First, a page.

LA CROSSE, Wis. – It’s common sense to keep learning how to farm, says Rod Ofte, a fourth-generation farmer on Willow Creek Ranch near Coon Valley, Wisconsin. He rotational grazes primarily black Angus cattle as part of the Wisconsin Grass-fed Beef Cooperative.
“Even though you grow up on a farm and you may have it in your blood, I’m still learning and I do different things every year,” he said.
He said the four legs to a stable grass-fed-beef operation are forage quality, genetics, time and temperature management.
Achieving quality forage means rotation is important to achieve a proper finish on beef. The management style needs to be flexible so the forage-root system has time to recover.
“Work on the soil; the rest will take care of itself,” he said.
It’s possible to add more animal units with good rotation. He prefers fall calving with an excellent-energy forage such as sorghum-Sudan, he said. He likes to move animals in the afternoon when the Brix-sugar levels are greater in the plants.
Winter forage management is more difficult because the length and severity of cold weather is unpredictable. Ofte recommends buying extra feed supplies out of season when the price is less to insure plenty of supply.
“All hay is not created equal,” he said. “You should know your hay values and feed values, or it’s not going to be as palatable. Just eating stuff for eating’s sake may not put weight on them.”
Cows can do okay on marginal hay; the best feed needs to go to the feeders.
“I try to get the best all the time to get (the meat grade) up,” he said. “Don’t skimp on the feeders.”
The second factor, genetics, depends on the phenotype of the animals. It determines efficiency and frame size. Big animals are not desired for grass-fed operations.
“It’s tough to put enough energy in a big-frame animal to finish him,” Ofte said. “If you do it’s going to take a ton of feed and not be efficient.”
He uses fairly docile short and stocky animals.
Calving is planned around direct-marketing goals because it takes longer to finish on grass, he said. It takes him 24 to 30 months to finish an animal, with an average of 25 months. He often calves in the fall. He loves it, he said, because the weather is good; he’s never lost a calf to weather conditions.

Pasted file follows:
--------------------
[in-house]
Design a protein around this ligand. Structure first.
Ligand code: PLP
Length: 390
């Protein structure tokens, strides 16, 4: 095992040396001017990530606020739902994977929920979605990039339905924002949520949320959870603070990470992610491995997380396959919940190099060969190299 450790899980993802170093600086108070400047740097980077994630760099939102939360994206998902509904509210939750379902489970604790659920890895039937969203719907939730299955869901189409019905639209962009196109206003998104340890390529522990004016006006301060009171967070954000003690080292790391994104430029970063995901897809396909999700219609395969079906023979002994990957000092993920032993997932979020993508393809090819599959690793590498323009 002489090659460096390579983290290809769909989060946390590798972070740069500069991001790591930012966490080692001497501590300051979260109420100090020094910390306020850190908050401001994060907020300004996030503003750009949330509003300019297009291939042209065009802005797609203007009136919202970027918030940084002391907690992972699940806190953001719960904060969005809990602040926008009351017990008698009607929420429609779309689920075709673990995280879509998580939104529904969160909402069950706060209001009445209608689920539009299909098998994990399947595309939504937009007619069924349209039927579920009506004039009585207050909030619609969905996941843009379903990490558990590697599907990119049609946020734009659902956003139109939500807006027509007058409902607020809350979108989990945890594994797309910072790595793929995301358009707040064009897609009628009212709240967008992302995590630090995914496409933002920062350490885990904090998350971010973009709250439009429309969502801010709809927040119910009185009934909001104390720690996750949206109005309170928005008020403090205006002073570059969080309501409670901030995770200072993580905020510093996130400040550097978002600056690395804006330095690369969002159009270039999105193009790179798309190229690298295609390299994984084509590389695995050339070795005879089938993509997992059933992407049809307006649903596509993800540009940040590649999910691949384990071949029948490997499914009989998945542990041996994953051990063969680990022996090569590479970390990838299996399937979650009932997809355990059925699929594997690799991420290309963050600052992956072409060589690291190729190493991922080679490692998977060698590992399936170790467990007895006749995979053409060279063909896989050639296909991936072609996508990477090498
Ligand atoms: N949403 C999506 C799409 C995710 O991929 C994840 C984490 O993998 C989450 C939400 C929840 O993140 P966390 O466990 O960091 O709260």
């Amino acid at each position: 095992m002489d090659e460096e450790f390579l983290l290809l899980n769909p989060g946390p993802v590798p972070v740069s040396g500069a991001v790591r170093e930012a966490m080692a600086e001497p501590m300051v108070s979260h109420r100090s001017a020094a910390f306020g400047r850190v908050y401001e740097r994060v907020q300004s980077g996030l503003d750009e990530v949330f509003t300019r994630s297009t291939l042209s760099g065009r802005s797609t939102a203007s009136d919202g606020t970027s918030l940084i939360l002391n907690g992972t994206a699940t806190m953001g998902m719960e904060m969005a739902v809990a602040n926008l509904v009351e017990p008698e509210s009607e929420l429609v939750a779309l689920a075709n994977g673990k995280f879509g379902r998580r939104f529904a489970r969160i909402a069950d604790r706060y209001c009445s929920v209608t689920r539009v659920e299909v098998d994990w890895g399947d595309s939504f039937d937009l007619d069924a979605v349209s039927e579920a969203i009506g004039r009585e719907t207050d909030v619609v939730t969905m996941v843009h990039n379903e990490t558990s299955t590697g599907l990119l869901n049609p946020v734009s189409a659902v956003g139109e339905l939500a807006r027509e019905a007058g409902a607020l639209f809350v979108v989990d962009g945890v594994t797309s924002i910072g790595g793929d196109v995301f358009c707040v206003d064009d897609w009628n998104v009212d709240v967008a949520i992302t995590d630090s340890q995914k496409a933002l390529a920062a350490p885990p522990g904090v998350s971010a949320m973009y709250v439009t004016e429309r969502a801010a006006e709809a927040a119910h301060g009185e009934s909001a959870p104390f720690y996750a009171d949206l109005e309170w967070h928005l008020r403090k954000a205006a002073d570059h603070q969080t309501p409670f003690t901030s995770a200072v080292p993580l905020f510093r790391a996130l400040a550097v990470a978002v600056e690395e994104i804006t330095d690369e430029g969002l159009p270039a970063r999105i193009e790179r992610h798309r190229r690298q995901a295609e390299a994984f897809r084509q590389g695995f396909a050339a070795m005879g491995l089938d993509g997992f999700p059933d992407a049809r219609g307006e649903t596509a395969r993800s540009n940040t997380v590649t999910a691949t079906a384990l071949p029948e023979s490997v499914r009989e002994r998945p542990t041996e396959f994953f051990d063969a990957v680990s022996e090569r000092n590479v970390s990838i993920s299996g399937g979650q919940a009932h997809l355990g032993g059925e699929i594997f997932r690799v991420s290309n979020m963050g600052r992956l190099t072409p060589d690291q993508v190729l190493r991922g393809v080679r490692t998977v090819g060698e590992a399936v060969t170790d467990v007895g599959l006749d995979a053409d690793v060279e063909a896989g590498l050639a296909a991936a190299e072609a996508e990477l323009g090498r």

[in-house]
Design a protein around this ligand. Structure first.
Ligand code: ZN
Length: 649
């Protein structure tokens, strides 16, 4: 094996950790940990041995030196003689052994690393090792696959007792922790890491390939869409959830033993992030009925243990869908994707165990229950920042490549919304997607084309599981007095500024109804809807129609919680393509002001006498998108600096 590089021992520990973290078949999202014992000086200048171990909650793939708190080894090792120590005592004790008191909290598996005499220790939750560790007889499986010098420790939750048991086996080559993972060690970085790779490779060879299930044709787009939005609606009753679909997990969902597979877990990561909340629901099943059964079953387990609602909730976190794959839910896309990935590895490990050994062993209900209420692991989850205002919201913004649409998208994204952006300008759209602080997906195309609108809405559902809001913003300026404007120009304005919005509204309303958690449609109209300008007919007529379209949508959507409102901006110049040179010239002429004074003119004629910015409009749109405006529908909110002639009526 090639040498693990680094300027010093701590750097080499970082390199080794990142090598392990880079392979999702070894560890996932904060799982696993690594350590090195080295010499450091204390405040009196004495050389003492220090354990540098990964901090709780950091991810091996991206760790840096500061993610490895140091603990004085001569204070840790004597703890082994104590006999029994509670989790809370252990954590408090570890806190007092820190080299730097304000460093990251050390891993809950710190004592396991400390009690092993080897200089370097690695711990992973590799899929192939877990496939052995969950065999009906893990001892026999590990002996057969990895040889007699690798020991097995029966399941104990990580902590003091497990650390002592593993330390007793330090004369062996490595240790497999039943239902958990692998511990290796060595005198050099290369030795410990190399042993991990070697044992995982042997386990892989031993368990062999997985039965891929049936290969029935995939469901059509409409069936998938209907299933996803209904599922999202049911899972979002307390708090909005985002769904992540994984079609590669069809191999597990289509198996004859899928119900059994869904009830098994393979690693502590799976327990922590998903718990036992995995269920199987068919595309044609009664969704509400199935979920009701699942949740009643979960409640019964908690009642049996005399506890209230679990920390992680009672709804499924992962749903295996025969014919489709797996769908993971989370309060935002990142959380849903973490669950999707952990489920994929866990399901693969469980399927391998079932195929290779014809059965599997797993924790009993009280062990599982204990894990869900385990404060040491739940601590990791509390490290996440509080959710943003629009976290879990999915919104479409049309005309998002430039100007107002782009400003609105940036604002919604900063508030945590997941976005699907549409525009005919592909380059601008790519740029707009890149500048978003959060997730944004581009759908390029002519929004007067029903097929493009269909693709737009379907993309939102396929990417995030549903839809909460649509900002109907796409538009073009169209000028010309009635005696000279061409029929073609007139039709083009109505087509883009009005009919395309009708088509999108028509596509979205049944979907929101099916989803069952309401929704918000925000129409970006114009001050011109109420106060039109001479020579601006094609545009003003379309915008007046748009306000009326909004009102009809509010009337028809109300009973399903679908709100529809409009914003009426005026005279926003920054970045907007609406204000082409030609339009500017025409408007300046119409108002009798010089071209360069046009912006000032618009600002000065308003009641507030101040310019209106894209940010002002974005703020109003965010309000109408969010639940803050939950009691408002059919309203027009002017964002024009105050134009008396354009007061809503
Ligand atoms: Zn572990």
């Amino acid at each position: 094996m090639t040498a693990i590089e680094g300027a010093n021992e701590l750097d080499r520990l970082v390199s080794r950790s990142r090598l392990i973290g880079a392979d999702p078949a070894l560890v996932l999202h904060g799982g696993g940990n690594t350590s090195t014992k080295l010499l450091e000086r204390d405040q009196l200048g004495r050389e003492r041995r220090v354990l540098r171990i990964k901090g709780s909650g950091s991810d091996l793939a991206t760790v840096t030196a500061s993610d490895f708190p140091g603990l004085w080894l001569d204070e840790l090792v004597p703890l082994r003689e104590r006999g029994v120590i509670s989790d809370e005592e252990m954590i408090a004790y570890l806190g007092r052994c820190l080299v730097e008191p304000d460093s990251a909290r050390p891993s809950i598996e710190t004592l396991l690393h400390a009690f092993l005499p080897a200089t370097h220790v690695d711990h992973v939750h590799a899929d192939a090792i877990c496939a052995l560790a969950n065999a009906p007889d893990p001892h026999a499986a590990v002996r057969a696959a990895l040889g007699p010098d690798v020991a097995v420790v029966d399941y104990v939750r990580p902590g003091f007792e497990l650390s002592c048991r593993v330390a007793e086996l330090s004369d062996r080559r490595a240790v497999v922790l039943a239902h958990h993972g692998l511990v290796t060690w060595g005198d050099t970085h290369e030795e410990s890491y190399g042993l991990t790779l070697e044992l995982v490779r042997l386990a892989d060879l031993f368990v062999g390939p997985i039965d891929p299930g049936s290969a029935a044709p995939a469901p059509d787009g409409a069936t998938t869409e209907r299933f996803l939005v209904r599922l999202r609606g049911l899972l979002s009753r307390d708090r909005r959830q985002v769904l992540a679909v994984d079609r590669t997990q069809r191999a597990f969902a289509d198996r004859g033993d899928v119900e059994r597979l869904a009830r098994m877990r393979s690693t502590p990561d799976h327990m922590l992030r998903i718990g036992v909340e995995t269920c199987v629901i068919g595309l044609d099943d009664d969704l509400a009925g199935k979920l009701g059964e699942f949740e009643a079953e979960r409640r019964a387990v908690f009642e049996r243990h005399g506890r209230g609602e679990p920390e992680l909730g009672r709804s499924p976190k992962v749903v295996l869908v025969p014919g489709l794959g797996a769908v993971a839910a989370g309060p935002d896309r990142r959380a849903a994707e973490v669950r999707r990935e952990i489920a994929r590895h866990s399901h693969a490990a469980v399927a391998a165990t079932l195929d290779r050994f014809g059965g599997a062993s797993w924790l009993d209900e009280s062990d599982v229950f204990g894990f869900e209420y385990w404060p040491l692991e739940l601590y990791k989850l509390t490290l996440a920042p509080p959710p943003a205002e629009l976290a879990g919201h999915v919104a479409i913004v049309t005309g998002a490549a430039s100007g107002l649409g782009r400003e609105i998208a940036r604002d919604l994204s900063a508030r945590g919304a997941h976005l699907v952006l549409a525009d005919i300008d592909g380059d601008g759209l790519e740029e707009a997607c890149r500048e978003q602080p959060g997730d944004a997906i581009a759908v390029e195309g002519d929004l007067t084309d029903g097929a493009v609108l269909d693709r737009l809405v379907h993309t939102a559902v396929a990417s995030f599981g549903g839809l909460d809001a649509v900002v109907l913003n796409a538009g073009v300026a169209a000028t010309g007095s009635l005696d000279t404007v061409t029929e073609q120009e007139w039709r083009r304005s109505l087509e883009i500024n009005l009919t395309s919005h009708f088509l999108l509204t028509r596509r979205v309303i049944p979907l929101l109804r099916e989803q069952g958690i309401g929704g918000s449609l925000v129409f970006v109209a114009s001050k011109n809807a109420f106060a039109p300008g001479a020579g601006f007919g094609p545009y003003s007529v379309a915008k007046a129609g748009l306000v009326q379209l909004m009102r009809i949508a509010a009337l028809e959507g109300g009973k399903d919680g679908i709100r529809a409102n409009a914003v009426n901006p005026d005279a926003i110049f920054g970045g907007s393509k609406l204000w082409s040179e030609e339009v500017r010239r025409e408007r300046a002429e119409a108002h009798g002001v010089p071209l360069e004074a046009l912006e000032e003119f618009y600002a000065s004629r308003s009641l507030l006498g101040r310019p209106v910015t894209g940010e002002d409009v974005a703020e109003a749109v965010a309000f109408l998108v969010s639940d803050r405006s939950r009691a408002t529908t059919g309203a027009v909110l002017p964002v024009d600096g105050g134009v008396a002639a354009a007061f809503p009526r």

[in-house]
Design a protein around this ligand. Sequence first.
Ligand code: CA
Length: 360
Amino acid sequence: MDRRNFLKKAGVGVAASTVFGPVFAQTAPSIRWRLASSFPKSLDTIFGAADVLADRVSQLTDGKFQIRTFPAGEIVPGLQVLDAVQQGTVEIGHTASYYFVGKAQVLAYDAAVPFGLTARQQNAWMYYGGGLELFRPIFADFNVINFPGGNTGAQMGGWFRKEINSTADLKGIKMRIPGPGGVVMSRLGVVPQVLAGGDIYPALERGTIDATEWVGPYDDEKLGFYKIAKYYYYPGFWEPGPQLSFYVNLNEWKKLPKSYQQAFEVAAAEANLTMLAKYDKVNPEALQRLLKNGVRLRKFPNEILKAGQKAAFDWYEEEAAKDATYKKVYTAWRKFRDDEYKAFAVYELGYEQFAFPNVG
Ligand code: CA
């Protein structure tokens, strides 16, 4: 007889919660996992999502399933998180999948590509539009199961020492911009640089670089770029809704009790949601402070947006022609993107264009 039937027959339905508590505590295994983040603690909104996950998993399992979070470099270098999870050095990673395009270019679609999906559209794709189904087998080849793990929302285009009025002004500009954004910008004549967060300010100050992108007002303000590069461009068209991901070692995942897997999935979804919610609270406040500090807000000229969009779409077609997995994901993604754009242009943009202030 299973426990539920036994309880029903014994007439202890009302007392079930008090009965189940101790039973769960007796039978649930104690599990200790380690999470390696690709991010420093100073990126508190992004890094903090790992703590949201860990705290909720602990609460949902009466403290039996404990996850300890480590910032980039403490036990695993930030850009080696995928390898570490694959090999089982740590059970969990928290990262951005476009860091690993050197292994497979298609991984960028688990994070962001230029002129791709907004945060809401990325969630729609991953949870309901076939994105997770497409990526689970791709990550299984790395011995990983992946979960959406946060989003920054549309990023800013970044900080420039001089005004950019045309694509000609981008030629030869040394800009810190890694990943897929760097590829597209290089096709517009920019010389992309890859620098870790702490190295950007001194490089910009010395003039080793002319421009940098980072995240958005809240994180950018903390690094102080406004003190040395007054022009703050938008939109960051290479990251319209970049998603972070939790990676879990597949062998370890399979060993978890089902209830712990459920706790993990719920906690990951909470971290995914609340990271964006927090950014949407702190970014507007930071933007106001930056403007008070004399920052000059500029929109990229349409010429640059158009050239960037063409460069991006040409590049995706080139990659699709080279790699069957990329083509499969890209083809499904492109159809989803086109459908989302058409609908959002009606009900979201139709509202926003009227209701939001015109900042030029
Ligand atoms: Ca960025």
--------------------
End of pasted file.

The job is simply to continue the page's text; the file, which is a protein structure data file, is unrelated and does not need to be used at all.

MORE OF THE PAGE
“Cows are nature’s miracle,” he said. “They will take the junkiest forage and turn it into great milk. Beef cows do not need to have big bags to have quality milk.”
Calves nurse through the winter, and in spring they’re ready for lush grass. That also gives an opportunity for veal sales. Calves are fence-line weaned in the spring when pregnancy checks are done. He finds with fall calving his conception rates are better, he said; he attributes that to cooler temperatures during breeding.
Managing critical body temperature saves feed and increases gains. Any degree less than an outside temperature of 20 degrees creates a need for 1 percent more forage. A shed pays for itself quickly; windbreaks and dry bedding are necessary. Ofte keeps a windchill chart close by to determine temperatures. He said slopes make nice windbreaks and they don’t get as mucky – especially if they’re south-facing.
To determine if an animal is finished, Ofte said to ask someone knowledgeable – and go to the sales barn to practice guessing. The animal should have a brisket that’s full and jiggly, be fleshy over the rib cage with no sign of the ribs, be fat and full in the heart girth, and have a flank full and flat. Looking at the rear of the animal, it should look like two half-grapefruits with fat tail bones at either side of the tail head.
Ofte had 20 percent Choice cattle five years ago; he’s increased that to 76 percent this past year, with his first Prime animal. He said it’s worth the time to finish properly; the grass-fed premium pays for it. The consumers will come back for more if they have good eating experiences.
LeeAnne Bulman writes about agriculture from her farm overlooking the beautiful Danuser Valley on Wisconsin’s west coast. When not writing she helps her husband on their small grain and beef farm.
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